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Marine biotoxins are poisons that are produced by certains types of algae in seawater. Normally their concentrations in seafood are too low to be harmful, but when changes in environmental conditions cause "algae blooms", the shellfish that feed on algae can build up levels high enough to cause illness.

Different types of marine biotoxins cause different illnesses. Paralytic Shellfish Poisoning (PSP) is a neurologic syndrome caused by consuming shellfish contaminated with marine biotoxins called "saxitoxins." High concentrations of these toxins occur in shellfish during algae blooms known as "red tides," but can also occur in the absence of a recognizable algae bloom. Saxitoxin contamination is monitored in Washington state shellfish harvesting areas and in imported shellfish.

Another marine biotoxin illness is diarrhetic shellfish poisoning (DSP). DSP is caused by consuming mollusks (especially mussels) that are contaminated with okadaic acid or other chemically related toxins through the filter-feeding process. Symptoms of DSP include nausea, vomiting, diarrhea, abdominal pain, fever and chills and occur within 12 hours of eating contaminated shellfish. Symptoms resolve within 3 days and there are no long-term sequelae.

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Purpose of surveillance:

  • To identify common source outbreaks
  • To identify the source of contaminated shellfish and prevent further distribution and consumption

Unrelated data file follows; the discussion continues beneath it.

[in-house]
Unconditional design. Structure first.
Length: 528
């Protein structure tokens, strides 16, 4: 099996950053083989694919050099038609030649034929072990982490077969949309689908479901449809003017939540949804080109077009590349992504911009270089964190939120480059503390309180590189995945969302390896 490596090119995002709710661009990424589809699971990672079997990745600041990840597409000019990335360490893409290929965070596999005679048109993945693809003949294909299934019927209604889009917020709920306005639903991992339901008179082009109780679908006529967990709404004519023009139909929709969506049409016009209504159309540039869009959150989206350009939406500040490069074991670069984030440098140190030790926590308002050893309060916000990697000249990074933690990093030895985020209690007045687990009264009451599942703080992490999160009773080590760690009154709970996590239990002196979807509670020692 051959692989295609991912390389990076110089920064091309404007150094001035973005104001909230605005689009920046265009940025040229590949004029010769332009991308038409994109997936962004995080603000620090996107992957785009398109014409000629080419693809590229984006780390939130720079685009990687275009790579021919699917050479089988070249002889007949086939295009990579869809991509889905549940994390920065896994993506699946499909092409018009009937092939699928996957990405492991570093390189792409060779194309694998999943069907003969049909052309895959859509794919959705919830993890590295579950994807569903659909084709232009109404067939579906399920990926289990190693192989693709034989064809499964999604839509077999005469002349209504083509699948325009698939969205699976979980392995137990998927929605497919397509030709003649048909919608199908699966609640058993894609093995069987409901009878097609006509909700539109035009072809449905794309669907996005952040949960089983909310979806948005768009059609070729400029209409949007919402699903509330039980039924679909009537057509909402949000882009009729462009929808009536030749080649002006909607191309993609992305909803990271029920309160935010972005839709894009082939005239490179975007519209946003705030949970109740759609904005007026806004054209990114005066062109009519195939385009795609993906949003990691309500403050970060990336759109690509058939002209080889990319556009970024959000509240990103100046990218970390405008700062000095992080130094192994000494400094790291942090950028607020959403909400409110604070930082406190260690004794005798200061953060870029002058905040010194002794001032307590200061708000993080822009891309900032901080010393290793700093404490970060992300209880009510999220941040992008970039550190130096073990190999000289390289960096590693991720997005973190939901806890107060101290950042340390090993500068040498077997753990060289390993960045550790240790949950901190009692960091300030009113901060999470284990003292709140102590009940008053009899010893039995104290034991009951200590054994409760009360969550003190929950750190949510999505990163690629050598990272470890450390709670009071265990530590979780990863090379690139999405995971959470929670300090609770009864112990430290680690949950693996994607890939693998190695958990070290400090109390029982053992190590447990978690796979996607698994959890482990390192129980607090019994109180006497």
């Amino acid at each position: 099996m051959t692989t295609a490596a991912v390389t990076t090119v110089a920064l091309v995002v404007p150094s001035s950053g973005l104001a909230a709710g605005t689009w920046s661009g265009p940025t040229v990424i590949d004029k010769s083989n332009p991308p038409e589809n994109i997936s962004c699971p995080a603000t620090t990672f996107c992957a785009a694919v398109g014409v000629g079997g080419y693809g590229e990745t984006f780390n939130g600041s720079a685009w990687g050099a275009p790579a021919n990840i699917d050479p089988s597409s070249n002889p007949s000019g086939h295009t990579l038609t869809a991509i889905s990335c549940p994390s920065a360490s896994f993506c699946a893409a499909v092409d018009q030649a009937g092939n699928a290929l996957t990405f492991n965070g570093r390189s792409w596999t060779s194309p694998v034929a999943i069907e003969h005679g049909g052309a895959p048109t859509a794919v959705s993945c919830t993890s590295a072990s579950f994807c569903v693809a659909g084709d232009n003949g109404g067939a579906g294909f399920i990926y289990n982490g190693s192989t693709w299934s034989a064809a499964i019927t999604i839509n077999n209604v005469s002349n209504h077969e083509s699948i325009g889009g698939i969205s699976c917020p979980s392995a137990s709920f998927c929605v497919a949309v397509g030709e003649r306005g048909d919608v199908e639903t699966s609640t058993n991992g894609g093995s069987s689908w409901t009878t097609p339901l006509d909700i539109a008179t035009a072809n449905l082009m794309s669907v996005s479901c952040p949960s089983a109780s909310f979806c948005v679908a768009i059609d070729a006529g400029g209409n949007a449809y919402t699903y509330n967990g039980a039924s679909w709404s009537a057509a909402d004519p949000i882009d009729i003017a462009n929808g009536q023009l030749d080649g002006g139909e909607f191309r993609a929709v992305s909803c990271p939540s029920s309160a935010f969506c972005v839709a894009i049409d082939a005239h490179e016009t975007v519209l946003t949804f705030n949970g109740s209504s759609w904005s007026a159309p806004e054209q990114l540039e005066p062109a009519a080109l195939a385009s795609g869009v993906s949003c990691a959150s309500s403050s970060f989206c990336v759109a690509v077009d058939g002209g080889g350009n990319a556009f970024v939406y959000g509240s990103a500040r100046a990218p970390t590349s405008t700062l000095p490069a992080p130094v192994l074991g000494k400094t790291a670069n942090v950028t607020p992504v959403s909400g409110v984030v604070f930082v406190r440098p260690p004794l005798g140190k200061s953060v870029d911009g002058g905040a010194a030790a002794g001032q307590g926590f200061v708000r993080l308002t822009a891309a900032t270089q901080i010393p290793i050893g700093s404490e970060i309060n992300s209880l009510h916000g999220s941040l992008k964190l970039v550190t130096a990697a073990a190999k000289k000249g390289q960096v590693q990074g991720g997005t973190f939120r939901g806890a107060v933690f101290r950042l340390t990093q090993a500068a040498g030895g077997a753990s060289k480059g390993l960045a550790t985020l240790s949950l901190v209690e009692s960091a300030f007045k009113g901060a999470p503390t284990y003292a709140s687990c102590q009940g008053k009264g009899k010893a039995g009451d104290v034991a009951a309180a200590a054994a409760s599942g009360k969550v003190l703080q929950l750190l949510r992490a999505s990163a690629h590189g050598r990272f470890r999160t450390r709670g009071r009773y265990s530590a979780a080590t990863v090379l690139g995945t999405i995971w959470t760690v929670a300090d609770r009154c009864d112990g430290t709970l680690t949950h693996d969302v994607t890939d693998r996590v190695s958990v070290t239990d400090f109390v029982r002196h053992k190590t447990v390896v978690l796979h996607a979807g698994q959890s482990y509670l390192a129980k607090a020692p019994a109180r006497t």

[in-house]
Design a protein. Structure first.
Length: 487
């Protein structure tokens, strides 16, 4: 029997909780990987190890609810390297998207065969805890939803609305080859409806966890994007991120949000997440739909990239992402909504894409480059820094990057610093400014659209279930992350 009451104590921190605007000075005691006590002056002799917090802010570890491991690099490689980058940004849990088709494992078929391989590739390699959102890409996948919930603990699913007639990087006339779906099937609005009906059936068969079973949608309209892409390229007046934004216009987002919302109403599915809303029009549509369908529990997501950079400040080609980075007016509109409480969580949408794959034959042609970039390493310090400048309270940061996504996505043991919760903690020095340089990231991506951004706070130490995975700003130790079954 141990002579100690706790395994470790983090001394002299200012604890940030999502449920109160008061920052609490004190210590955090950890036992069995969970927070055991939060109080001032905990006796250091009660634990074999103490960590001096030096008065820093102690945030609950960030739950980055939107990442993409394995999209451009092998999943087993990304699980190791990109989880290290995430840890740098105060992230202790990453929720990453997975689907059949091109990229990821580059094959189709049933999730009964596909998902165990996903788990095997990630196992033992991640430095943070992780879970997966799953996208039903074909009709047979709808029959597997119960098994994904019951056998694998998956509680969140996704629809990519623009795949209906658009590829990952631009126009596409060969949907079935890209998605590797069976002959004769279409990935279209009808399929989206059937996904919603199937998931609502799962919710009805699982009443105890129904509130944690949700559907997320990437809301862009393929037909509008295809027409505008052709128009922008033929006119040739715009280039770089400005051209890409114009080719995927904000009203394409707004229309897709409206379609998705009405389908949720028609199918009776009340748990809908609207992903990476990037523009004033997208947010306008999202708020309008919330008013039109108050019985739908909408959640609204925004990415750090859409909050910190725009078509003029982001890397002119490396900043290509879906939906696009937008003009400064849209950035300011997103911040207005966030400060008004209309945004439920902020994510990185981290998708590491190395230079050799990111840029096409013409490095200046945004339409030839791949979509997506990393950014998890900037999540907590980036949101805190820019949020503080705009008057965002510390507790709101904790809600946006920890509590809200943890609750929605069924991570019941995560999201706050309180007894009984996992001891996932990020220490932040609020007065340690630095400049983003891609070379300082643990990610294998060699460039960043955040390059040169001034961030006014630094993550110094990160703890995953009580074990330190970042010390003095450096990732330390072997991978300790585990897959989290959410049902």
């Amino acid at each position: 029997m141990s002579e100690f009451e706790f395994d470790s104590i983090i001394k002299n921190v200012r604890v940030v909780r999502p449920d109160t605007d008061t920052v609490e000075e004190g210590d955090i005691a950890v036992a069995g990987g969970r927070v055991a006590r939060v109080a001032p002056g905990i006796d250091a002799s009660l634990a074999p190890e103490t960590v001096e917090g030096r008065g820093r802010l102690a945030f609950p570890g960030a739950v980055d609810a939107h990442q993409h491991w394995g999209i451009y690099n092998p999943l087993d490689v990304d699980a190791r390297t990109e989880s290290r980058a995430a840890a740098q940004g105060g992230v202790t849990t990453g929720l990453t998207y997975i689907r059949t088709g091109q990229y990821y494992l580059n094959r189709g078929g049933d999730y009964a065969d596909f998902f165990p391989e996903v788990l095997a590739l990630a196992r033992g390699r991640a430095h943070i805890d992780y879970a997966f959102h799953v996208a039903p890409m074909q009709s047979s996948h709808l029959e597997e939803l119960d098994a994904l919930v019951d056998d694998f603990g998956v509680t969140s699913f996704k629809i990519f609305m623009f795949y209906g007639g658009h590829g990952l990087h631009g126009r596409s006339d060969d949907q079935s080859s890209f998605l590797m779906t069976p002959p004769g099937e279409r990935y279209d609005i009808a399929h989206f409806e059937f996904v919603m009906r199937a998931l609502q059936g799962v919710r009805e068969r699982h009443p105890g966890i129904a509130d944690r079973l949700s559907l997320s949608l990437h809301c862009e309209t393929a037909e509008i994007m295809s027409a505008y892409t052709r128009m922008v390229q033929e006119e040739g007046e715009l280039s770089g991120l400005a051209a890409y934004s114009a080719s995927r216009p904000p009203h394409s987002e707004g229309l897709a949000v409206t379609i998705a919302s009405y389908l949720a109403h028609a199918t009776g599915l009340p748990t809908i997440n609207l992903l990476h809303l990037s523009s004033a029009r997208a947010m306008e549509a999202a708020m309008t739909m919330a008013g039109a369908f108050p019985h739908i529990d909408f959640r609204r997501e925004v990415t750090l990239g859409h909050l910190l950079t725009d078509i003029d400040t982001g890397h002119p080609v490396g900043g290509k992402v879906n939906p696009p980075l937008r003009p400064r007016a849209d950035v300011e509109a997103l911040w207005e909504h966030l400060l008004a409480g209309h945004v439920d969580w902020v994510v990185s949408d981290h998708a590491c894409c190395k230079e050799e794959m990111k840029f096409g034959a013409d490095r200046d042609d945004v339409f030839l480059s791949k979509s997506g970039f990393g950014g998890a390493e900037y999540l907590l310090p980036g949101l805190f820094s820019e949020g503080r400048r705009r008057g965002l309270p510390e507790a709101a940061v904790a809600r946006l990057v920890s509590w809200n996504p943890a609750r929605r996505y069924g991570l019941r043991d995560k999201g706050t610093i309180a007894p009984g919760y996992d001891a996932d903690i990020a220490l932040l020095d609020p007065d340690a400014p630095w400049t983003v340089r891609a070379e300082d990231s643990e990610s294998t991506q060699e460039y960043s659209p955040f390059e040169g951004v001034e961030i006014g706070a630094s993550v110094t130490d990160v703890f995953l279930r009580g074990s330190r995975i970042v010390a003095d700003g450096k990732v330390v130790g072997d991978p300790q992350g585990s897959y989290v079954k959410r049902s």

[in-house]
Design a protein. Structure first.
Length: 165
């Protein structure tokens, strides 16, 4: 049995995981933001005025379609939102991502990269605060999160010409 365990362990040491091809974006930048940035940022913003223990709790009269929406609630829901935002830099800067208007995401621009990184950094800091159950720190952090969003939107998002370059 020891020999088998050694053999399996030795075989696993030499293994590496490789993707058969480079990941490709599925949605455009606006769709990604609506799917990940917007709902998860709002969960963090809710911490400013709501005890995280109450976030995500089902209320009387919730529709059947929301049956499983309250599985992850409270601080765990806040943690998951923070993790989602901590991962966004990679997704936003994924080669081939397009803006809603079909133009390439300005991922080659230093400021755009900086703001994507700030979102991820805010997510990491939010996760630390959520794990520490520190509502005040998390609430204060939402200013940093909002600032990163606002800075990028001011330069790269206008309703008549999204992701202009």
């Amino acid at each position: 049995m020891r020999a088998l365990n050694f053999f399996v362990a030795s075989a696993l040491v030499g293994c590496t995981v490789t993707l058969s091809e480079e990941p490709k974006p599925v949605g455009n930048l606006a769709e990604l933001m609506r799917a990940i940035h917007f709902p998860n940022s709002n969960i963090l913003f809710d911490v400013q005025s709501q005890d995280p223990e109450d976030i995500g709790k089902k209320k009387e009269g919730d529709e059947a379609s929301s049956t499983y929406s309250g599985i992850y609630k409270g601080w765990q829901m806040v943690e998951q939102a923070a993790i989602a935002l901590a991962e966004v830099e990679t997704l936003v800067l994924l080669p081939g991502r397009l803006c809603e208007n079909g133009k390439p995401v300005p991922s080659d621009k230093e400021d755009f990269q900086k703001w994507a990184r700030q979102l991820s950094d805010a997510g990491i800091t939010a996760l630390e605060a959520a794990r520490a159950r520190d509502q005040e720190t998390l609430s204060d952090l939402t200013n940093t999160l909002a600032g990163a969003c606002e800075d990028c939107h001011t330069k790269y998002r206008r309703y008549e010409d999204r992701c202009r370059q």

Paralytic shellfish poison case data

Local epidemiology:

The last cases of shellfish poisoning in King County occurred in 2012, when seven people from the same party were reported with paralytic shellfish poisoning. They had harvested and cooked mussels from a non-King County beach that was closed at the time because of high levels of saxitoxin, the toxin that causes PSP. All of the cases required medical care, and one required mechanical ventilation. All of the cases subsequently recovered.

Diarrhetic Shellfish Poisoning (DSP) was reported in three residents from the same household in 2011. This was the first documented report of DSP in the United States where toxin detection in the implicated shellfish accompanied reports of human illness. In response, the Washington Department of Health expanded its DSP monitoring program to include more shellfish growing areas.

Each year in Washington state between zero and seven cases of PSP are reported.